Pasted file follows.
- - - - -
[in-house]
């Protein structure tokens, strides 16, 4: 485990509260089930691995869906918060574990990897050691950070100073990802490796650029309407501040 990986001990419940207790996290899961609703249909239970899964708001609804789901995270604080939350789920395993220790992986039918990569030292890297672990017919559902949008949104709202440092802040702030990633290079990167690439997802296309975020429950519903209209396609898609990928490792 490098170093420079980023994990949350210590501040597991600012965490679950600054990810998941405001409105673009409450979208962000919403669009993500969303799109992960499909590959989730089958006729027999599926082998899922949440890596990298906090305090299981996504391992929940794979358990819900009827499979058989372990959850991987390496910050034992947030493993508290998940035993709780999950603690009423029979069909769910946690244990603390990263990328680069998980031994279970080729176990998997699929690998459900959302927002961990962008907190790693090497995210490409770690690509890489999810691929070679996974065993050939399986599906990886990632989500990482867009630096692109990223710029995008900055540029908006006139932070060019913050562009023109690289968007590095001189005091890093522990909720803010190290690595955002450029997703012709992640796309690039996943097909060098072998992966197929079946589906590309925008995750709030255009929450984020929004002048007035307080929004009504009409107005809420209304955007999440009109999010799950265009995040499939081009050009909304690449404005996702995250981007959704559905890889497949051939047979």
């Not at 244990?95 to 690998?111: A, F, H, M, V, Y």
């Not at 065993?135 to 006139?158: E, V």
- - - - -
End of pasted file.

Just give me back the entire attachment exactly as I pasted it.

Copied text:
[in-house]
């Protein structure tokens, strides 16, 4: 485990509260089930691995869906918060574990990897050691950070100073990802490796650029309407501040 990986001990419940207790996290899961609703249909239970899964708001609804789901995270604080939350789920395993220790992986039918990569030292890297672990017919559902949008949104709202440092802040702030990633290079990167690439997802296309975020429950519903209209396609898609990928490792 490098170093420079980023994990949350210590501040597991600012965490679950600054990810998941405001409105673009409450979208962000919403669009993500969303799109992960499909590959989730089958006729027999599926082998899922949440890596990298906090305090299981996504391992929940794979358990819900009827499979058989372990959850991987390496910050034992947030493993508290998940035993709780999950603690009423029979069909769910946690244990603390990263990328680069998980031994279970080729176990998997699929690998459900959302927002961990962008907190790693090497995210490409770690690509890489999810691929070679996974065993050939399986599906990886990632989500990482867009630096692109990223710029995008900055540029908006006139932070060019913050562009023109690289968007590095001189005091890093522990909720803010190290690595955002450029997703012709992640796309690039996943097909060098072998992966197929079946589906590309925008995750709030255009929450984020929004002048007035307080929004009504009409107005809420209304955007999440009109999010799950265009995040499939081009050009909304690449404005996702995250981007959704559905890889497949051939047979």
């Not at 244990?95 to 690998?111: A, F, H, M, V, Y």
């Not at 065993?135 to 006139?158: E, V």